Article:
Since we will be the custodians of our neighbor’s garden next door for about a month or so while he travels, we couldn’t help but notice the overabundance of delicious Meyer lemons just sitting there on the tree with no one to eat them and love them.
Now we are having lemon everything. It’s juice is the acid balance for my salad dressings. It’s zest gets sprinkled on the summer squash/mint/coppa/tapenade/goat cheese pizza right after a drizzle of olive oil before it hits the oven. It’s the squeeze to refresh and brighten the leftover whatever I concocted in haste the other day. It’s even the centerpiece on the table in a pretty white, rectangular bowl.
All this and they are still spilling over onto the counter.
Time for preserved lemons. Traditionally, this Moroccan preparation uses simply lemons and salt. I like it with spices as below. Try it on a plain, roasted chicken. Try it on a baked fatty fish with fresh mint. Chop it and toss it into a salad. Stir it into coriander and cumin and pepper-spiced brown rice (or Haiga, if you can find it). Go crazy: make it with limes instead.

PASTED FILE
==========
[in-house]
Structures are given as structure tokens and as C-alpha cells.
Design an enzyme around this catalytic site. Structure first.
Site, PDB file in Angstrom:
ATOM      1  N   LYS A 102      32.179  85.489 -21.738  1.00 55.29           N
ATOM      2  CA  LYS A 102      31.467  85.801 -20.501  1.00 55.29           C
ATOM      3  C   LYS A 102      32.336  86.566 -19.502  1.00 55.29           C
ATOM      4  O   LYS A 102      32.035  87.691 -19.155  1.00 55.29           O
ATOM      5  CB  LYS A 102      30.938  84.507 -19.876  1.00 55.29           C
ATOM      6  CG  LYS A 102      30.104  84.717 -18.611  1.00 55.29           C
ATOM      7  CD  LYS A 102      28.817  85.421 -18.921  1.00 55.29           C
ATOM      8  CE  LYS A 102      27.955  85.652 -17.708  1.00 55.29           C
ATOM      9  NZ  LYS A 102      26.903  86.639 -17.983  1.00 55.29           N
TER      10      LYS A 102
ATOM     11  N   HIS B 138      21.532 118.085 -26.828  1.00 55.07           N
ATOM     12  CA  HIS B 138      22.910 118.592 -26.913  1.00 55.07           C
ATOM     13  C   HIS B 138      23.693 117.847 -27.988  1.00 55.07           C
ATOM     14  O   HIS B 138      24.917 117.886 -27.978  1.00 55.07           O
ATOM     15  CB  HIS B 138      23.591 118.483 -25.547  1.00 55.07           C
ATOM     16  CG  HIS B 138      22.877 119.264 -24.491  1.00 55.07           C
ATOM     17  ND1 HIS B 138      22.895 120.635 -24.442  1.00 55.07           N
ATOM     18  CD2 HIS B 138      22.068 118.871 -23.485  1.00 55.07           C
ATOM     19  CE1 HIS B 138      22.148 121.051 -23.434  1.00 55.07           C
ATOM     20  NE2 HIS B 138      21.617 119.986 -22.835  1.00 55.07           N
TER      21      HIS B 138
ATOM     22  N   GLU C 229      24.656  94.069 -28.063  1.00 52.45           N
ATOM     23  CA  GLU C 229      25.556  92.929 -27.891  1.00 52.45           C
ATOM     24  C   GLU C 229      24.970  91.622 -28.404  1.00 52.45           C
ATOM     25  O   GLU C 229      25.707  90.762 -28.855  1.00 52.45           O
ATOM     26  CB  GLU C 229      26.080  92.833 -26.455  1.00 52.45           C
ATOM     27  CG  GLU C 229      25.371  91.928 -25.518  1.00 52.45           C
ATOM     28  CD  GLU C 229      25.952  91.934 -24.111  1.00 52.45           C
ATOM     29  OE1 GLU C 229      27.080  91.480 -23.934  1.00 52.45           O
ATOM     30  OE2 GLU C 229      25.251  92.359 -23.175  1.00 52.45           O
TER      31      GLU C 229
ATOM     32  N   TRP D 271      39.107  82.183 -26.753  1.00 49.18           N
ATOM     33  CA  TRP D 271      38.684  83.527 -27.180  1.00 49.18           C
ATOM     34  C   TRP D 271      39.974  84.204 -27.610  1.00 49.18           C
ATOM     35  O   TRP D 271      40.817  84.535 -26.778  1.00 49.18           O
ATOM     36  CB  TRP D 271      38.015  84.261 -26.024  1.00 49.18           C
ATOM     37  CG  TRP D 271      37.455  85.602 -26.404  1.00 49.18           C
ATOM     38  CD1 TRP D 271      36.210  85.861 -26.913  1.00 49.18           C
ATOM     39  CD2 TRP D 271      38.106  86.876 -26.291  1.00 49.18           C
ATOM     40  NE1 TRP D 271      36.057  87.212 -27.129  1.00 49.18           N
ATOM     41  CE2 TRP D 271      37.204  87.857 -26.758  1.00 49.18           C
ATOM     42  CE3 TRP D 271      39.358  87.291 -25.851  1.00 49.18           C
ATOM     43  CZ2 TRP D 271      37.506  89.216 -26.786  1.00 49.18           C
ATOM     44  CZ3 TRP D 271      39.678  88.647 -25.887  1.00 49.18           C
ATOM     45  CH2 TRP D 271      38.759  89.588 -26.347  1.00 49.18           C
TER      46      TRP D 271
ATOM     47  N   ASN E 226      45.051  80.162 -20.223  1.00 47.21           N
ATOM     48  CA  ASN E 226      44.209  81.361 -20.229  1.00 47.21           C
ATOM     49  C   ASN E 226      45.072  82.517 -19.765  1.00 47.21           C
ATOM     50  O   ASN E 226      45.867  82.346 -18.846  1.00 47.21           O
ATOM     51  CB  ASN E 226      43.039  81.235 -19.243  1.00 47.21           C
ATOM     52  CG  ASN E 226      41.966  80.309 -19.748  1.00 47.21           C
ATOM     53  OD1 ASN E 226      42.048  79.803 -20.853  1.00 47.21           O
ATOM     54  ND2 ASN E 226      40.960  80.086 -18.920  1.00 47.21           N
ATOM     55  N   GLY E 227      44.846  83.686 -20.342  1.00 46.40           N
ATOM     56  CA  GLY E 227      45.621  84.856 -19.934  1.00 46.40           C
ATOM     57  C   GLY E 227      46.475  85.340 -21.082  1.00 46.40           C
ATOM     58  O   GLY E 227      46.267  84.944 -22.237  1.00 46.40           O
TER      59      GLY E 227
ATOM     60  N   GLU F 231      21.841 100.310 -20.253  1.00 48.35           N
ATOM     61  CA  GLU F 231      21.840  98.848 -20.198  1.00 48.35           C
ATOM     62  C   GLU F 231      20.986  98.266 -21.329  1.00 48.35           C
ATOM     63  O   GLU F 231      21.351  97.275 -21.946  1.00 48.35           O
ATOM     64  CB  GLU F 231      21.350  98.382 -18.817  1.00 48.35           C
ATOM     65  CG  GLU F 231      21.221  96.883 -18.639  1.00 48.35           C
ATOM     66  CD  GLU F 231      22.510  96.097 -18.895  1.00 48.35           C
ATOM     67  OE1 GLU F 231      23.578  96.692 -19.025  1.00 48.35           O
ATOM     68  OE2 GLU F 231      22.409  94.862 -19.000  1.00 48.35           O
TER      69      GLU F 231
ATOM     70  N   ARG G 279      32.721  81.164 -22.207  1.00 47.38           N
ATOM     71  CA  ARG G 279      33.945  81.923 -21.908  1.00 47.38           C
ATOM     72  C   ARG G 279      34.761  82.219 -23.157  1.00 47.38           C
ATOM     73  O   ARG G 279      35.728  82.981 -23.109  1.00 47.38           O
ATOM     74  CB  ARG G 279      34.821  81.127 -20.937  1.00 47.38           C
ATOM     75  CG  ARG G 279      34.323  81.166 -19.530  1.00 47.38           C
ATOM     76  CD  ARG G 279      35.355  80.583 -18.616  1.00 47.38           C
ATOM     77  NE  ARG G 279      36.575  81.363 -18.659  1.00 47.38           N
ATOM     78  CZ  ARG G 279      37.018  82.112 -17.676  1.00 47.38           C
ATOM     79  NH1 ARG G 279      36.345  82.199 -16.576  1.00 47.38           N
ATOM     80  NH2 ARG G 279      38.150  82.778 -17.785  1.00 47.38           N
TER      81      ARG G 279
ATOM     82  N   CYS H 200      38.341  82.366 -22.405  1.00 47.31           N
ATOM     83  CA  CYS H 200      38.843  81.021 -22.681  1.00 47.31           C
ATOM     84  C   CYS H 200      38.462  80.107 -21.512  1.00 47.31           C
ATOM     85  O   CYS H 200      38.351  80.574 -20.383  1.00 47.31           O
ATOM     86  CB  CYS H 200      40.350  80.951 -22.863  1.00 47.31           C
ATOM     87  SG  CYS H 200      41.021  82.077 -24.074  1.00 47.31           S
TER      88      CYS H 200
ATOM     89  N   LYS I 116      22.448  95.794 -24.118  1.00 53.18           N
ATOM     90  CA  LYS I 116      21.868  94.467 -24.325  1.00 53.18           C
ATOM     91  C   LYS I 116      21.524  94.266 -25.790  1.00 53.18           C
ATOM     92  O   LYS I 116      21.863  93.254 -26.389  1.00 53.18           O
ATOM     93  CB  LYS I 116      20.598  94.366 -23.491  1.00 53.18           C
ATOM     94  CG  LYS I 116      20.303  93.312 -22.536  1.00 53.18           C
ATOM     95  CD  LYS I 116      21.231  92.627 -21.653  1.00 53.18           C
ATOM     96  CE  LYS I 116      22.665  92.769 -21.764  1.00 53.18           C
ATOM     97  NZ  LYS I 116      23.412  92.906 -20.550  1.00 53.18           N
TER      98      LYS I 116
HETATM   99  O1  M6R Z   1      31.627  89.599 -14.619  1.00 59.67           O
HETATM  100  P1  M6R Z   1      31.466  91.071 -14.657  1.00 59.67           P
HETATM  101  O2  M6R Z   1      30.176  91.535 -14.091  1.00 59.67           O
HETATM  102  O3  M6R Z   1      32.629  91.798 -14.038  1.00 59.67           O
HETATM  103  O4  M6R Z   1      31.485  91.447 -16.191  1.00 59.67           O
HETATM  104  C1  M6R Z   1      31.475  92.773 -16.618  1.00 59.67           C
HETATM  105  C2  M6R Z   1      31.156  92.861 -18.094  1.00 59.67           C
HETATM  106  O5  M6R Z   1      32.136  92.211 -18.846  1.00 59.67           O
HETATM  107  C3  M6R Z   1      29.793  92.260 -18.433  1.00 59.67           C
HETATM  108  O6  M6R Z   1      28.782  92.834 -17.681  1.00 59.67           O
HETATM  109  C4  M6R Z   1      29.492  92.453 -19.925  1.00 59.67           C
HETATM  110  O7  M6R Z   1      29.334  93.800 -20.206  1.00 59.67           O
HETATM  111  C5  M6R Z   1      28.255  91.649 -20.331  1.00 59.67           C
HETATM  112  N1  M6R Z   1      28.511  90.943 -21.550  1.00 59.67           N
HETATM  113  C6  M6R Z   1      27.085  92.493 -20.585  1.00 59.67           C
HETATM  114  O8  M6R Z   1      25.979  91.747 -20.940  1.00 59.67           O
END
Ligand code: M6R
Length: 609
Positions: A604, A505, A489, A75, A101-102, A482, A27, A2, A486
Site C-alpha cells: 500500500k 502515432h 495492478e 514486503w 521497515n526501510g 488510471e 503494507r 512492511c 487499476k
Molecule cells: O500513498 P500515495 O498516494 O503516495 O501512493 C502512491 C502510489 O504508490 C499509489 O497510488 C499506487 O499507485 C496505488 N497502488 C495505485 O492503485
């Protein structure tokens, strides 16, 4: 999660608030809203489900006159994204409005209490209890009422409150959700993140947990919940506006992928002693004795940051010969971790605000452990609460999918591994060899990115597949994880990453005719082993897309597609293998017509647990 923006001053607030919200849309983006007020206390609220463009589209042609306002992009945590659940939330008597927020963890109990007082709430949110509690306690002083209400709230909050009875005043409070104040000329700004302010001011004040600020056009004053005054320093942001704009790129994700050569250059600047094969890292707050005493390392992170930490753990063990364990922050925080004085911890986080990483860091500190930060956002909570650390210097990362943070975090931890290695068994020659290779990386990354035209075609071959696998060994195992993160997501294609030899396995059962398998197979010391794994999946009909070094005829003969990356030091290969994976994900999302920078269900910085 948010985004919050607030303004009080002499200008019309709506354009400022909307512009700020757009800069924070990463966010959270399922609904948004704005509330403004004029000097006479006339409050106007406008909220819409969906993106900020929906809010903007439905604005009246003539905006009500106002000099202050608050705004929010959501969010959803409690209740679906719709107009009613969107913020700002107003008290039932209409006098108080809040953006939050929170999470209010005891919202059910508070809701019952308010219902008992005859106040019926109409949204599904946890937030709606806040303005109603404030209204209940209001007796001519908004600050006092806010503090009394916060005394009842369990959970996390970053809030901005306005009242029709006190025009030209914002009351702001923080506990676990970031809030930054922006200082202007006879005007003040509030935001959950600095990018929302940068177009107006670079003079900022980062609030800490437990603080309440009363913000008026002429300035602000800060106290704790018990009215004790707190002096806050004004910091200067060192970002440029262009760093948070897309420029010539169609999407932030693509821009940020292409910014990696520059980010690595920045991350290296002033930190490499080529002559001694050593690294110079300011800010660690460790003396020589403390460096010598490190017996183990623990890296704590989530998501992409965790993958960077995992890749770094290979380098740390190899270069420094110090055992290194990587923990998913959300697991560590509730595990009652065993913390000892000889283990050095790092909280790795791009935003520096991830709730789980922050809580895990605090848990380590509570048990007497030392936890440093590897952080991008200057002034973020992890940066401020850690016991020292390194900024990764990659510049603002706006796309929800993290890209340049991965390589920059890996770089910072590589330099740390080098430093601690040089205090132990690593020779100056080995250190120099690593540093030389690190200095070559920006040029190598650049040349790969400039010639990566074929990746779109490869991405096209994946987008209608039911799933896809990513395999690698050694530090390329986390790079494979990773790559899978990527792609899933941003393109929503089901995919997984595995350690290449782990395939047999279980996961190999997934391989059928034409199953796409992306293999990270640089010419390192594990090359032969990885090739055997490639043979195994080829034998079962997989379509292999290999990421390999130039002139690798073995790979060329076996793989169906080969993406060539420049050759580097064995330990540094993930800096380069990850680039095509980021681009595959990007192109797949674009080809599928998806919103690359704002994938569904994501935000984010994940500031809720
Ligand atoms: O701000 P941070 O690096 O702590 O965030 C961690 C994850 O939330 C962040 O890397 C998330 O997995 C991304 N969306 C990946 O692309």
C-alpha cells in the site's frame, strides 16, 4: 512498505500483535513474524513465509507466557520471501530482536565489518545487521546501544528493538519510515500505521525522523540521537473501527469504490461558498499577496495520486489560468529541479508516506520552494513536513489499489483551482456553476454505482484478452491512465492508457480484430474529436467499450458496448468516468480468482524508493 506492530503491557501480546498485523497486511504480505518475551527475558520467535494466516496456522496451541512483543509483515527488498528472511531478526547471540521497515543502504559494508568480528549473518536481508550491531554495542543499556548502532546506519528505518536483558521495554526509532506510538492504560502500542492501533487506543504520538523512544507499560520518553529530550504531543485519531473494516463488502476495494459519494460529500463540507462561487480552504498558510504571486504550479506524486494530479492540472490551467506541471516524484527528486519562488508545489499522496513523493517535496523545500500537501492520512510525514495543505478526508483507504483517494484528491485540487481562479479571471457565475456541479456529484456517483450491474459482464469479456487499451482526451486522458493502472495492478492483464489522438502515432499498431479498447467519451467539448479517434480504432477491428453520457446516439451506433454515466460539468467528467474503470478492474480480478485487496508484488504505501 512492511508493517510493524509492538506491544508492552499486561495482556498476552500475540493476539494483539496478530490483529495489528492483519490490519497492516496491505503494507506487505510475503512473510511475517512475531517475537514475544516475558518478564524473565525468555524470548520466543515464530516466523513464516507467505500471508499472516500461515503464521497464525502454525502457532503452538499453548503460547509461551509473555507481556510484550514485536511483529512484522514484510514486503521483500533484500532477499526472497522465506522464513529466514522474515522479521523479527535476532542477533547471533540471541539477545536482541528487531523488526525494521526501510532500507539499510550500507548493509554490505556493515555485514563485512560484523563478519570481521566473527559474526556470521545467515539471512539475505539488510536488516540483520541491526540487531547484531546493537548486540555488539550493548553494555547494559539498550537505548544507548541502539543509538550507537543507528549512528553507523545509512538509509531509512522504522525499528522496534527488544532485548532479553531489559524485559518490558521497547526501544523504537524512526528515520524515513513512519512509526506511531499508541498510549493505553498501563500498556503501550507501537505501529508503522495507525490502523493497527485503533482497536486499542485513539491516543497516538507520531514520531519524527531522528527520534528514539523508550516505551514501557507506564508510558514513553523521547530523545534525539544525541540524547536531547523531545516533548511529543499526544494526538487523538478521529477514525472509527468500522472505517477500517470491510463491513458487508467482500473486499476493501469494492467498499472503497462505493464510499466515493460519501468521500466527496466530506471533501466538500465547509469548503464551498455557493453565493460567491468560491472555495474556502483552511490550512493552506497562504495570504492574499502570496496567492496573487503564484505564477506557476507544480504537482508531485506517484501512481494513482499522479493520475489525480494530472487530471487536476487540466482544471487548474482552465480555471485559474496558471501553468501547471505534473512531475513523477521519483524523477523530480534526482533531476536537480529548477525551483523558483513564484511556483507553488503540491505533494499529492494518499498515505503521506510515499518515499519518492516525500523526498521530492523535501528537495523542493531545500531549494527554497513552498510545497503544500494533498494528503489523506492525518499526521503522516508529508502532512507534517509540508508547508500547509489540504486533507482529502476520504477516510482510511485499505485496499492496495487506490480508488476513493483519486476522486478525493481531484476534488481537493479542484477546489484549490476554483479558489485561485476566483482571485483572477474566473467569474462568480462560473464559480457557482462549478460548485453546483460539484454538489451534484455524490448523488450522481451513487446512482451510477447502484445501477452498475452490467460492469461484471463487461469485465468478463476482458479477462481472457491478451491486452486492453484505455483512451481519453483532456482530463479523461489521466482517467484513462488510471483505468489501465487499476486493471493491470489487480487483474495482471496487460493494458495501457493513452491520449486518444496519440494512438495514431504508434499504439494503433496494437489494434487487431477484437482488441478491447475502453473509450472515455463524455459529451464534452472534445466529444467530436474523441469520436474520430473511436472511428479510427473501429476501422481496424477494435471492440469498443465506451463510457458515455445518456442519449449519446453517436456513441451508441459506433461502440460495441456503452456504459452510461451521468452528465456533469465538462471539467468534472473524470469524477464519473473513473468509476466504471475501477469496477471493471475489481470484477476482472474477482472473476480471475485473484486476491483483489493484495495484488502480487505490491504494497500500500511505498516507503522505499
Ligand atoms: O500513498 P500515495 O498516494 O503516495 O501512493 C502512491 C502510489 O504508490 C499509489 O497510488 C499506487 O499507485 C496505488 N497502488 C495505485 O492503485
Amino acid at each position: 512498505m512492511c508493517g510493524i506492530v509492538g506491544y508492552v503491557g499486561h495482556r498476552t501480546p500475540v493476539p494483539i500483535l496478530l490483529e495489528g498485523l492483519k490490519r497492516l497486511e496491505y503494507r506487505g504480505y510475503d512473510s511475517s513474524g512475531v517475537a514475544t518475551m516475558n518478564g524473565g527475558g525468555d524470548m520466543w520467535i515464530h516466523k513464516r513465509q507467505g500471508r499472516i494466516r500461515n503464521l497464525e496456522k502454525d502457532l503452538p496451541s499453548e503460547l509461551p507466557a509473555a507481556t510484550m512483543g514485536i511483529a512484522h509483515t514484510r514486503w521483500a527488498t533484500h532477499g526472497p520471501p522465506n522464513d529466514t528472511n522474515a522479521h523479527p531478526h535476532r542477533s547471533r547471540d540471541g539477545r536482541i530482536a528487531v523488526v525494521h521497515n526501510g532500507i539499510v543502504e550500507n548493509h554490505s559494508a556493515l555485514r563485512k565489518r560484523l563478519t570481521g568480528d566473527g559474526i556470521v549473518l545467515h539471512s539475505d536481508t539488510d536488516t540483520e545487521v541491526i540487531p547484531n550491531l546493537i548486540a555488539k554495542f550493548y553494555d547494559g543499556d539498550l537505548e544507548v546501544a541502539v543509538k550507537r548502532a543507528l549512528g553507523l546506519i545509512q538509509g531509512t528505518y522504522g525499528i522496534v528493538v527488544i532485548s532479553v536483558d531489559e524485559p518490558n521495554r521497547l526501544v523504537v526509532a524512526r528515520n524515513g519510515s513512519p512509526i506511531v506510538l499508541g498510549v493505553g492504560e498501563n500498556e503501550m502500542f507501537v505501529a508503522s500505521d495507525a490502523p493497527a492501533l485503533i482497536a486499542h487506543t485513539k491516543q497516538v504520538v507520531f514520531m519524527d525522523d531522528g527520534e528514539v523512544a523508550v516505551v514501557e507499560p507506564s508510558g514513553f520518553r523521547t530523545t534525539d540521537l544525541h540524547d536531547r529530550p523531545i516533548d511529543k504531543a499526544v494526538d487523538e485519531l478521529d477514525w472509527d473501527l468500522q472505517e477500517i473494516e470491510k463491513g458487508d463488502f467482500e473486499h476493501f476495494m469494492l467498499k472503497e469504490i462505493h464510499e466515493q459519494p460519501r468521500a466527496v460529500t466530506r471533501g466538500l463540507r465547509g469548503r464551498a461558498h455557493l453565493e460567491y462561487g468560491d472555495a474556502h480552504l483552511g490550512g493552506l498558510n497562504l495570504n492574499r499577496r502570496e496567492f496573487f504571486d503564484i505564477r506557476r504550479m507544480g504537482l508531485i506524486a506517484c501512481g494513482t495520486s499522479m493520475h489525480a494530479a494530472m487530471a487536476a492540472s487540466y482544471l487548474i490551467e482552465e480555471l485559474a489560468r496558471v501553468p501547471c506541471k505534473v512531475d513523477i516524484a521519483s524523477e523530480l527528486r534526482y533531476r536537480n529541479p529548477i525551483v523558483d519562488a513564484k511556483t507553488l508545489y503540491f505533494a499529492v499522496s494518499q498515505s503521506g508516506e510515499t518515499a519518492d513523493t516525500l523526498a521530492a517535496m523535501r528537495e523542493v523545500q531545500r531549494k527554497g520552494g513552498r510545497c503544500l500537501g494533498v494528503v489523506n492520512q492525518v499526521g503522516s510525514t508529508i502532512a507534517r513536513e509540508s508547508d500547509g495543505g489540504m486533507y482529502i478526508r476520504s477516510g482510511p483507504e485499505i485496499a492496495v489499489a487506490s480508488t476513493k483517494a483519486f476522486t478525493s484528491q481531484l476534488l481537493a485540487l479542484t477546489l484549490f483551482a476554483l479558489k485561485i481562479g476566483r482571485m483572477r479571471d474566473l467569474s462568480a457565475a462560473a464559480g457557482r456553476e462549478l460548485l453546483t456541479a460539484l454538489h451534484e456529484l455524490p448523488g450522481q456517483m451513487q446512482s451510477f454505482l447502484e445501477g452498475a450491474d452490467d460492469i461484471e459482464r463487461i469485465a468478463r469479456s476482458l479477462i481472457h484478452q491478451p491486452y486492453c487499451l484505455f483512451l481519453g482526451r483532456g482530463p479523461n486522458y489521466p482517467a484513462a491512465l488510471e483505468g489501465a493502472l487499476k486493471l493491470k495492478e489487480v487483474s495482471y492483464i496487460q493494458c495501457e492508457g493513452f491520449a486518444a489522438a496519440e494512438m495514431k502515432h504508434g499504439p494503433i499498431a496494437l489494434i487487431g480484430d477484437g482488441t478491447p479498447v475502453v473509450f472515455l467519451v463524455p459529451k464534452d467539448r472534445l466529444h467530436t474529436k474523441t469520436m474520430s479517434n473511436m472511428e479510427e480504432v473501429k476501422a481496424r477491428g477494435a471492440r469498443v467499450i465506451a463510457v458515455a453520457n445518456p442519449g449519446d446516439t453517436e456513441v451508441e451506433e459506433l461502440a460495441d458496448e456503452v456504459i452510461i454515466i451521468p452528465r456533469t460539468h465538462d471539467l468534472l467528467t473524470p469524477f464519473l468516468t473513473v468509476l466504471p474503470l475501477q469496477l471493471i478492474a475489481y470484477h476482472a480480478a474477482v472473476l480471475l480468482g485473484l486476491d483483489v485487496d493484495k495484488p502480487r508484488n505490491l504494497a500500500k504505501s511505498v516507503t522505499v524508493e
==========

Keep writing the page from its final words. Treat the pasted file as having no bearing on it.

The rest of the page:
6-12 juicy lemons (especially Meyers)
kosher or sea salt
1 in. fresh ginger, chopped
2 in. fresh turmeric, chopped
1 cinnamon stick
1. Wash lemons and dry them thoroughly. Slice or quarter the lemons. (Slicing speeds the curing process.)
2. Layer about 1 tablespoon of salt in the bottom of a 1-quart mason jar with a tightly fitting lid (or use a vegetable fermenting jar). Layer the lemons on top, alternating with salt and spices. Add approximately 1 tablespoon of salt for each whole lemon. Tightly pack the jar by gently pressing down on the lemons. If the level of the juice has not risen to cover the fruit. If it is not, squeeze in some additional juice. Seal the jar and shake gently.
3. Let sit in a cool, shady place, shaking occasionally. The lemons are ready when they are soft and the juice has become syrupy, approximately 3 weeks. When you are ready to use your lemons, transfer from fermenting jar into a mason jar. Store in the refrigerator. Keeps for several months or longer, especially if lemons stay submerged in the brine.